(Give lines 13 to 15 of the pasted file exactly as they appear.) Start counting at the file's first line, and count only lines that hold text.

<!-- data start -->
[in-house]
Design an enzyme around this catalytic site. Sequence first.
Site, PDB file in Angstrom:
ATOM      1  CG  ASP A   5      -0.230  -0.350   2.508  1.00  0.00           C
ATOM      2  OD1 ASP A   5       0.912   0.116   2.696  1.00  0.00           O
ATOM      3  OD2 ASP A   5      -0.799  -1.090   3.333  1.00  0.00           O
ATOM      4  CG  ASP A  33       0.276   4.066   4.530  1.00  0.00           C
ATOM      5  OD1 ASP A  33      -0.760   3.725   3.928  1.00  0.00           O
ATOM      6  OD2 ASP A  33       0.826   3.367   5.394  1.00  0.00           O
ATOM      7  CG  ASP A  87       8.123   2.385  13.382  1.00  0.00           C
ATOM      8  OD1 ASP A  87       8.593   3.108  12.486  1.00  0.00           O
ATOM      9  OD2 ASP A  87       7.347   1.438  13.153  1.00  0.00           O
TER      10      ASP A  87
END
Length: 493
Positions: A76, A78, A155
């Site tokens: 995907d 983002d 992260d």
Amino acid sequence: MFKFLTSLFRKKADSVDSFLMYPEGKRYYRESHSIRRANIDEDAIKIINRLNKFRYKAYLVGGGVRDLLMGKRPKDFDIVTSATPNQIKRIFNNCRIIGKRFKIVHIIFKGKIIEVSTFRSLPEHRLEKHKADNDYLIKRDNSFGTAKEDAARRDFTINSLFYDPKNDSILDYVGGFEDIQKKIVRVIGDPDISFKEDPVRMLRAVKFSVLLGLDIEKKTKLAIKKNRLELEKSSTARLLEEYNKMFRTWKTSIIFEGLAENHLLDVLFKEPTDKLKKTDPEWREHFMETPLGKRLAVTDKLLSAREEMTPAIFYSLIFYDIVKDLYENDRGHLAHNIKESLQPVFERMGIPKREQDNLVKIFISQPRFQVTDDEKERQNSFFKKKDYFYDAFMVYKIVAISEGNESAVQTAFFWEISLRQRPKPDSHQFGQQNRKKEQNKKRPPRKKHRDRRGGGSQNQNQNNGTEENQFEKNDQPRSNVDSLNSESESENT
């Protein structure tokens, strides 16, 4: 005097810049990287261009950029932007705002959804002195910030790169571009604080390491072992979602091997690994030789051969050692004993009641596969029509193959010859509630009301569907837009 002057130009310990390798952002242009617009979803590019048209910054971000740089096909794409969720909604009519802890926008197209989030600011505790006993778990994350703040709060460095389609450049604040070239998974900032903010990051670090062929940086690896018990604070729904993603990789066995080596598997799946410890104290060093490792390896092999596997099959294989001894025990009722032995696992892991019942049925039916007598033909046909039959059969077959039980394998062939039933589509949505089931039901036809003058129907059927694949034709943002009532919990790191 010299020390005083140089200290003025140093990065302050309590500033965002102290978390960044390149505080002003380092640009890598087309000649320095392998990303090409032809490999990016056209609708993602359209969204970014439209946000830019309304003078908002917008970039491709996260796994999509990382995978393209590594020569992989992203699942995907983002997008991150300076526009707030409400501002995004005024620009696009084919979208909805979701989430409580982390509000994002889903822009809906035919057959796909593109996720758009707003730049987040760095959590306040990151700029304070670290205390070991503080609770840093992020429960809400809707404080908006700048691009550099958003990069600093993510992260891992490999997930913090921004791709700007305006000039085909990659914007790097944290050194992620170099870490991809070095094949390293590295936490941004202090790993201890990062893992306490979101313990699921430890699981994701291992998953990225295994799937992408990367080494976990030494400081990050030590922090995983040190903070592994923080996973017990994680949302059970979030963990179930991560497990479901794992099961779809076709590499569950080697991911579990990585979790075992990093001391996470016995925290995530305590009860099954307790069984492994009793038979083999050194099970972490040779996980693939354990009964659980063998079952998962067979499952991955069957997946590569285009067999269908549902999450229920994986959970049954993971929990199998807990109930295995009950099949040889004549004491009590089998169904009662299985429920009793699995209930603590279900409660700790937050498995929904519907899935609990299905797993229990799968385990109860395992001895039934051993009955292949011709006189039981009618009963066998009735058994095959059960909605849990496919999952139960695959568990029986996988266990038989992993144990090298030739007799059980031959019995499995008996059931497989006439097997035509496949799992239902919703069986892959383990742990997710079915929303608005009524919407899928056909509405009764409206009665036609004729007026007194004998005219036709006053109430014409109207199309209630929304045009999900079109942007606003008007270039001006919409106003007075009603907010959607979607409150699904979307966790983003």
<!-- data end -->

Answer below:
TER      10      ASP A  87
END
Length: 493